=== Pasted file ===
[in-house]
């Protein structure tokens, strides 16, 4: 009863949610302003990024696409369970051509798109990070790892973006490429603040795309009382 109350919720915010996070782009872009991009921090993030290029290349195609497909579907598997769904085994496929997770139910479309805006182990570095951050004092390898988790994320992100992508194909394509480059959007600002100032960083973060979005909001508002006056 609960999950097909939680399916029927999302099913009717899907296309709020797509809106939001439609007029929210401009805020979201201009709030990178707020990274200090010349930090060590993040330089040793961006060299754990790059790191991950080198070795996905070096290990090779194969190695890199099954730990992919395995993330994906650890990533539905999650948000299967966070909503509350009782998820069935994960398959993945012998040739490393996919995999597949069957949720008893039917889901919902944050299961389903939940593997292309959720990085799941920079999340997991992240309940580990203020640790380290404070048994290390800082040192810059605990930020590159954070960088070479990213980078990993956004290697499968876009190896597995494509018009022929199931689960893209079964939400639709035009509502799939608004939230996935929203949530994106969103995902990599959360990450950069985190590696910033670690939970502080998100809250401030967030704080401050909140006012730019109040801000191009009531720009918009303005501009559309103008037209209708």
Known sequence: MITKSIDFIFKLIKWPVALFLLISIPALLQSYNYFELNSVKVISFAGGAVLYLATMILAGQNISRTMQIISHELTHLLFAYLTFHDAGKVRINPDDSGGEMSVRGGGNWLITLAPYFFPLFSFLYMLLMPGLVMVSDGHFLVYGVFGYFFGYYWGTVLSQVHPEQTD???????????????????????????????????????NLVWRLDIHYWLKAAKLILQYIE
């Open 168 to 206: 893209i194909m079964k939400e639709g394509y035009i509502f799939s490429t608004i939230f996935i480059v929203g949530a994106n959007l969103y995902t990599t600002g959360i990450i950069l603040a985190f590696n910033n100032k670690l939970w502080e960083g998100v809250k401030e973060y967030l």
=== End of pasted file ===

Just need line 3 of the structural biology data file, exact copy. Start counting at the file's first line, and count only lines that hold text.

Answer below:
Known sequence: MITKSIDFIFKLIKWPVALFLLISIPALLQSYNYFELNSVKVISFAGGAVLYLATMILAGQNISRTMQIISHELTHLLFAYLTFHDAGKVRINPDDSGGEMSVRGGGNWLITLAPYFFPLFSFLYMLLMPGLVMVSDGHFLVYGVFGYFFGYYWGTVLSQVHPEQTD???????????????????????????????????????NLVWRLDIHYWLKAAKLILQYIE